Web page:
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Study finds students feel safe -

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ELEANOR HALL: Foreign students have rated Australia as the safest place in the world to study in a
survey of 6,000 students from eight countries.

That's despite the recent international media coverage of attacks on Indian students in Australia.

The survey results on Australia's $12.5 billion education export industry were released at an
education conference in Sydney today.

Bronwyn Herbert was there.

BRONWYN HERBERT: Despite the negative reports of bashing and abuse, Australia has topped a poll on
international student safety.

TONY POLLOCK: We surveyed some 6,000 students around the world, including 1,100 students in India.
The main purpose was to found out how they thought about Australia in comparison to other English
speaking destinations.

The somewhat surprising result and indeed promising result is that they believe Australia to be the
safest destination of all the English speaking destinations and by quite a margin. I must say I'm a
little surprise that that's still holding so strongly in India, given all the publicity that we've
had over the last three or four months about safety and security in Australia.

BRONWYN HERBERT: Tony Pollock is the chief executive of IDP Education, which commissioned the
study.

The survey also revealed that students ranked the United States and Britain far above Australia in
terms of educational prestige.

Australia topped the rankings in access to student visas and permanent residency.

But Tony Pollock says with government changes made to the visa process, this is likely to impact on
future recruitment numbers.

TONY POLLOCK: It is making the visa process somewhat longer and somewhat more cumbersome for
students, so we suspect that that's going to have some negative impact over the next few months.

BRONWYN HERBERT: Tony Pollock says IDP, which works with 400 institutions across Australia and
takes in 35,000 students, is bracing for a big drop in Indian student enrolments early next year.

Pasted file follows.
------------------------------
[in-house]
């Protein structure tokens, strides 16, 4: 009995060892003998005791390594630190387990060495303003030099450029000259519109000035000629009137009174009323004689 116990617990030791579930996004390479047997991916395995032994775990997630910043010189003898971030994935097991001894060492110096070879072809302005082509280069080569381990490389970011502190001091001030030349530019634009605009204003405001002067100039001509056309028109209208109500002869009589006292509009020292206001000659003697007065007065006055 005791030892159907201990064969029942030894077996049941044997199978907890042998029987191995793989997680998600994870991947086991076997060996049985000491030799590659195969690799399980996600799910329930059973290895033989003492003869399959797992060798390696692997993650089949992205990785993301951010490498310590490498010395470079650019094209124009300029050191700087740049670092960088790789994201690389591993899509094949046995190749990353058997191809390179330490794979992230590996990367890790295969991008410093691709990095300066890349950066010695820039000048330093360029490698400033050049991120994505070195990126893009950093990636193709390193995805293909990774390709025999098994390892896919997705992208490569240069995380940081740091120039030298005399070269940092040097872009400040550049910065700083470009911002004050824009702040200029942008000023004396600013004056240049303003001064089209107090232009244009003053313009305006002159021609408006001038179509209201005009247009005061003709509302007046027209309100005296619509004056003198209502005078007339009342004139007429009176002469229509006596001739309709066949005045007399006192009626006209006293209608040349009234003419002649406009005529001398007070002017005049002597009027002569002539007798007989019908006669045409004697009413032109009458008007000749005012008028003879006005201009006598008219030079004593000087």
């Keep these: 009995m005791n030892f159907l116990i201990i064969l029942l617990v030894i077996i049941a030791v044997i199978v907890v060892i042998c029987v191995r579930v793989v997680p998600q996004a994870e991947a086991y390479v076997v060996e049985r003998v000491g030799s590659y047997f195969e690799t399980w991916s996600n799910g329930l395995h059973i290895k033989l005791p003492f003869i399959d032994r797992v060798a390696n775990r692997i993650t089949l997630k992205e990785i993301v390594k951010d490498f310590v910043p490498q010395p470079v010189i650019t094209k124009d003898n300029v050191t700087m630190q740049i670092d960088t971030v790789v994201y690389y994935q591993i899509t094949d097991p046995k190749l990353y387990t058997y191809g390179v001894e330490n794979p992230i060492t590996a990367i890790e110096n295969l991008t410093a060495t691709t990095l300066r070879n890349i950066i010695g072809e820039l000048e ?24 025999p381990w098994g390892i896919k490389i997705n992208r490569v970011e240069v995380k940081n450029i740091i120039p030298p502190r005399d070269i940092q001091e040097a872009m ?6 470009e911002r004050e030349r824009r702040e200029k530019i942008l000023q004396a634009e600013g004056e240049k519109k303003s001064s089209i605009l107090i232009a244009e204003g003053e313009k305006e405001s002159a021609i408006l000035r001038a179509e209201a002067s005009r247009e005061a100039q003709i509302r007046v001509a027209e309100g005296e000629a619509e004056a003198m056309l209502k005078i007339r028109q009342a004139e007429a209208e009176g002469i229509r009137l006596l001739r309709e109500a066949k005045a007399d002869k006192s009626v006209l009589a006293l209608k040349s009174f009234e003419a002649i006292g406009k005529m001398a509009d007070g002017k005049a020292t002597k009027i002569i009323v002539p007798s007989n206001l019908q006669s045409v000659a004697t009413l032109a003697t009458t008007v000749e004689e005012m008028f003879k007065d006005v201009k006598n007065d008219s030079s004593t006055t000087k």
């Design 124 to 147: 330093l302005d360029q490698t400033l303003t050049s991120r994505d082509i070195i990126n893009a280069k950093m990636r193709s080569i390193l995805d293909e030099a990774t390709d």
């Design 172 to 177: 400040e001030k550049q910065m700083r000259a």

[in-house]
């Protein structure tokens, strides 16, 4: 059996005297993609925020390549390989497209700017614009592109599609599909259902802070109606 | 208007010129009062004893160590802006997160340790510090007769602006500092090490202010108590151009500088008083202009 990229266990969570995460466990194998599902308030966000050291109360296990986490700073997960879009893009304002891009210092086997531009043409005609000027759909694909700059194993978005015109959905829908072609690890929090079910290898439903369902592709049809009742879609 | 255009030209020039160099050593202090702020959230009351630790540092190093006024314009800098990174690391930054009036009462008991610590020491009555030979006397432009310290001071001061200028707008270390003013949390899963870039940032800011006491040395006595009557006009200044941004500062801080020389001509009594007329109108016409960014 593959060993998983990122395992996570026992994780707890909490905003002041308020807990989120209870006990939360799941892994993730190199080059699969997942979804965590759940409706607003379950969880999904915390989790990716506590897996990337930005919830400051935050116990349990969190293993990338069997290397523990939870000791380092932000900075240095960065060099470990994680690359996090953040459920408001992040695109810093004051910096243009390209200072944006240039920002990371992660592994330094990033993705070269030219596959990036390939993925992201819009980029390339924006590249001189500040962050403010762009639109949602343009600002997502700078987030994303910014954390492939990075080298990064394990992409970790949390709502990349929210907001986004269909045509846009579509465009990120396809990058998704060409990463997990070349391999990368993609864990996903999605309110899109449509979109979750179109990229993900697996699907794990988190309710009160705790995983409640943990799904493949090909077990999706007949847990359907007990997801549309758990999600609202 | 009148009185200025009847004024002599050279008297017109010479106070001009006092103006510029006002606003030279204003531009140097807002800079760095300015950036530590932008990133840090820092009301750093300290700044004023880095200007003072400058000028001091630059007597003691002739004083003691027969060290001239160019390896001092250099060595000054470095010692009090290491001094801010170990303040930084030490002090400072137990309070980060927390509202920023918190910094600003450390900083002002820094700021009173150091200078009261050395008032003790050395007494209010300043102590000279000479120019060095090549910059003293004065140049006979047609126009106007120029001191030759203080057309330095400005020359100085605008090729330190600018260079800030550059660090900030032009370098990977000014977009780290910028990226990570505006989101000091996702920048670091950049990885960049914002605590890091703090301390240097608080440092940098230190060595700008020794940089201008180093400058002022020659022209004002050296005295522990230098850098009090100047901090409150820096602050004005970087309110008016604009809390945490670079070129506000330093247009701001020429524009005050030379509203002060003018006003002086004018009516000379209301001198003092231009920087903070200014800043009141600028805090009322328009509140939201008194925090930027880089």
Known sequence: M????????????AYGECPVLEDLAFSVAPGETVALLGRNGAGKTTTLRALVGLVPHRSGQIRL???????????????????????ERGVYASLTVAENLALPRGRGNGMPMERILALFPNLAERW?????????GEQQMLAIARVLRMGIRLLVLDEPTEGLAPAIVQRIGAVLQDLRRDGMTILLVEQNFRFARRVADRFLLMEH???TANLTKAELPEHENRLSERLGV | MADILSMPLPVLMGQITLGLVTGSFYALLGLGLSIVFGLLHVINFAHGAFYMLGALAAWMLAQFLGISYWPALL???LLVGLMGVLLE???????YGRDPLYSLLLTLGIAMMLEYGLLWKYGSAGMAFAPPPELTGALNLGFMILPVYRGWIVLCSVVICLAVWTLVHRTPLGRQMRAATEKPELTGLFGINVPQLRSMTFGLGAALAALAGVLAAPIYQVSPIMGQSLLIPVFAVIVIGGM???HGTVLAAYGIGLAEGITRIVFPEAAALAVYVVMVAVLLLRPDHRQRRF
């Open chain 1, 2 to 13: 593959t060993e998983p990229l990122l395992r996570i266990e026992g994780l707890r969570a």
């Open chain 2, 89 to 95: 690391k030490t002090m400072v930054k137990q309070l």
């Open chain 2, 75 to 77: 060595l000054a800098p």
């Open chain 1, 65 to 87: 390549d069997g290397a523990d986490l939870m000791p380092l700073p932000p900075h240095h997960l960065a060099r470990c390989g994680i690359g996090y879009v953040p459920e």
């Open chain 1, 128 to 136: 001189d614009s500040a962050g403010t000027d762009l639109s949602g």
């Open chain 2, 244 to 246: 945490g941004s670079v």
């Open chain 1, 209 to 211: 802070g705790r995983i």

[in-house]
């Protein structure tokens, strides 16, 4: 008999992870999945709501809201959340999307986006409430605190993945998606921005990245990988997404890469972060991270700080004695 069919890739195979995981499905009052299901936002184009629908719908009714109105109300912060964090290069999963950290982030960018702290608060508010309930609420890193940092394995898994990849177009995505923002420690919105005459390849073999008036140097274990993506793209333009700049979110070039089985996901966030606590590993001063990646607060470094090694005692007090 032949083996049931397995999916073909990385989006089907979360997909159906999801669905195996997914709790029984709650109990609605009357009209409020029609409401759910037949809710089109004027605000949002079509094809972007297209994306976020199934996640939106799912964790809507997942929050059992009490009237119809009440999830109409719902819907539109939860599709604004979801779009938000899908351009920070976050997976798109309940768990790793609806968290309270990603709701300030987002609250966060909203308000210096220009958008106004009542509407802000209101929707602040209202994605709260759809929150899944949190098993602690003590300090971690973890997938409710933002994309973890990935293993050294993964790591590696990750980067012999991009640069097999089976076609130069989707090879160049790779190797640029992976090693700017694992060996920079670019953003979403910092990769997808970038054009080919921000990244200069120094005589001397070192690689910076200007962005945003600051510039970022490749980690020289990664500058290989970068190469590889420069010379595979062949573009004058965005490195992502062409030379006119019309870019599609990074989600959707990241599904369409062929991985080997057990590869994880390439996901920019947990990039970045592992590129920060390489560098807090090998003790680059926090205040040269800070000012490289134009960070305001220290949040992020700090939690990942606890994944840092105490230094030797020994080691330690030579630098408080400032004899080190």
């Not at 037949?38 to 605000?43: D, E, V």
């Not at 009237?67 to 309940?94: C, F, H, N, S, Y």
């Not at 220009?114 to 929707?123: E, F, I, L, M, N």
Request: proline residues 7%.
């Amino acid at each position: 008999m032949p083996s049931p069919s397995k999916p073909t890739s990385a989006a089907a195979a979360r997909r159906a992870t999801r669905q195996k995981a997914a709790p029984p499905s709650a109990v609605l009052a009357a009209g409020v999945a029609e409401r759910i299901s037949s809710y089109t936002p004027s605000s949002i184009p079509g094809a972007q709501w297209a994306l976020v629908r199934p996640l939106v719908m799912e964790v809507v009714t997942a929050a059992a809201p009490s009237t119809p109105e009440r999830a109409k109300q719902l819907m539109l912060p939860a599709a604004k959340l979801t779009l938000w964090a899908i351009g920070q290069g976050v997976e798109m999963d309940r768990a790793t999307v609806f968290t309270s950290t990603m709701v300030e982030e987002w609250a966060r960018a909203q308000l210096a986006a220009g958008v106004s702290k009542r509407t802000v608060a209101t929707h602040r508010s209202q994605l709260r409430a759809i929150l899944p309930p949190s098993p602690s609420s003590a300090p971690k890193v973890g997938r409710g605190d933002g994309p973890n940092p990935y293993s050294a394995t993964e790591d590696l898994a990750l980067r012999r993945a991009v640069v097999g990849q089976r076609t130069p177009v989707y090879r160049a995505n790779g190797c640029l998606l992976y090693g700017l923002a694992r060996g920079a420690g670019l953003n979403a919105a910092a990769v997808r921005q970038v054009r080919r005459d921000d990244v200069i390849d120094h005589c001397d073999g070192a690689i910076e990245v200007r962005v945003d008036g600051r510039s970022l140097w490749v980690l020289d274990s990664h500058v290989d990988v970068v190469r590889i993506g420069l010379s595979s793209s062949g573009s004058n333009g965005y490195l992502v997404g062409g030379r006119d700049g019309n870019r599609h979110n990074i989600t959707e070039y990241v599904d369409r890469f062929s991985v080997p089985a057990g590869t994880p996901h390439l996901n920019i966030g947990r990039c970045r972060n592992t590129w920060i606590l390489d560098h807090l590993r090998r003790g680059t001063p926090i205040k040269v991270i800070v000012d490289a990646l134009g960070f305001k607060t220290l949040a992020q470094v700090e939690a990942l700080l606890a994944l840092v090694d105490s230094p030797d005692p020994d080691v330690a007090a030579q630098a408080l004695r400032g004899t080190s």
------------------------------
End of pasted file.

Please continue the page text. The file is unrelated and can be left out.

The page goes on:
TONY POLLOCK: In our India offices we're expecting our 2010 February intake to be down by about 50
per cent. I would say this is not entirely due, in my view, to the discussion about safety and
security. There are other factors at work as well. We have the GFC (global financial crisis) which
has obviously impacted upon families in India and that's evident by the fact that the applications
for other countries are way down, particularly the United States.

BRONWYN HERBERT: The survey results were released today at the opening of the Australian
International Education Conference, where more than 1,300 people are attending.

Professor Michelle Barker is a Professor of Management at Griffith University. She says the survey
results are good news for a change.

MICHELLE BARKER: That's wonderful that students are recognising, and parents particularly when
they're sending their children overseas to study, that they'll say, yes they can get on with the
study when they're there, that their personal safety is not going to be compromised.

BRONWYN HERBERT: Cassandra Colvin is the manager of International Student Support at Murdoch
University.

CASSANDRA COLVIN: What's happened in the last year is you will have noticed that there's a lot more
engagement now between institutions and the broader community, such as police, and that was really
in response to recent issues and that's all improved student experience.

BRONWYN HERBERT: Dr Amanda Daly is an academic developer from the University of South Australia.

She says universities are now recognising much more needs to be done in educating local students on
integrating with their foreign counterparts.

AMANDA DALY: Particularly, my work is focused a lot on the local students and encouraging them to
develop the intercultural competence. At Uni SA we work on a graduate attribute of
internationalisation and we encourage all students to develop intercultural competence and
international perspectives. So I think it's very important that our local students develop the
skills to know how to interact with the incoming students and that in turn impacts on their career
development.

BRONWYN HERBERT: IDP Education says despite the short-term shocks in enrolments, it's still
predicting eight per cent growth in the next year.

ELEANOR HALL: Bronwyn Herbert reporting.